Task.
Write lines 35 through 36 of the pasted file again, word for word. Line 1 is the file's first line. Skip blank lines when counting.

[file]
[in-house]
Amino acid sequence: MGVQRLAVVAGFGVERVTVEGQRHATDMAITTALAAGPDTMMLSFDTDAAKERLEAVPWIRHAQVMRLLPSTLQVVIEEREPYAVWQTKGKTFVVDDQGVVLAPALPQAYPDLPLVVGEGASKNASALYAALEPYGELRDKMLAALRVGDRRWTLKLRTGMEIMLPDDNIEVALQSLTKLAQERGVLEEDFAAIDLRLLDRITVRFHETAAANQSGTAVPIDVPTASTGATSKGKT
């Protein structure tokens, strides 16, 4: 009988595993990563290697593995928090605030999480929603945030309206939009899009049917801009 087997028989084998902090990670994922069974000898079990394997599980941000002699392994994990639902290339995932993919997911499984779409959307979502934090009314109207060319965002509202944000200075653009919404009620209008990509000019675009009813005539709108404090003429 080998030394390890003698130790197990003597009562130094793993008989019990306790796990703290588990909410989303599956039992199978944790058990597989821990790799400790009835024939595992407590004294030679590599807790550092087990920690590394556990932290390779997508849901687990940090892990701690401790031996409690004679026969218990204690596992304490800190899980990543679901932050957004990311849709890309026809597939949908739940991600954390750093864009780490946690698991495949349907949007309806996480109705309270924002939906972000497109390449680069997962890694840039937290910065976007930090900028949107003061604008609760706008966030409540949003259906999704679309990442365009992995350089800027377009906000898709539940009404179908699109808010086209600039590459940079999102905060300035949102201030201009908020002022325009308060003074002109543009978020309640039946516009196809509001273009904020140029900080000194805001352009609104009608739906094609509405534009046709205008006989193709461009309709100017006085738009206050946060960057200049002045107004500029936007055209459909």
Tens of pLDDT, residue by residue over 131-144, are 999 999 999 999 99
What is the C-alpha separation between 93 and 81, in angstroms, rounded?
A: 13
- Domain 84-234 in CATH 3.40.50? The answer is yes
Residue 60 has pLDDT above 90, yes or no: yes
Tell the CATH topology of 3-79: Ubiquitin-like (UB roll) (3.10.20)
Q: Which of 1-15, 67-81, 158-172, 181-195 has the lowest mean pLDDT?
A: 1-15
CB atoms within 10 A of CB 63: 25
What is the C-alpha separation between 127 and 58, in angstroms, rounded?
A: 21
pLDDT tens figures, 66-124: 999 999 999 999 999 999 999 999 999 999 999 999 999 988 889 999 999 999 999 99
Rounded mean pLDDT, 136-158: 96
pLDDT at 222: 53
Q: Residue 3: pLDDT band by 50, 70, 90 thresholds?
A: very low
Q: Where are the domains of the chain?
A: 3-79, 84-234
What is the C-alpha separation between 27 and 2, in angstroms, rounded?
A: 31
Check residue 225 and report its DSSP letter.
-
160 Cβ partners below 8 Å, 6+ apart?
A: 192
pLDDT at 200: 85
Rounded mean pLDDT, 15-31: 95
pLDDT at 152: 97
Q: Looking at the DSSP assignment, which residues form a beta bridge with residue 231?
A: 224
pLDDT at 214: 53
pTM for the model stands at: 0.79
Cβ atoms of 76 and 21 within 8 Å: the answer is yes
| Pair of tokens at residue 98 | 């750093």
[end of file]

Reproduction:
Cβ atoms of 76 and 21 within 8 Å: the answer is yes
| Pair of tokens at residue 98 | 């750093």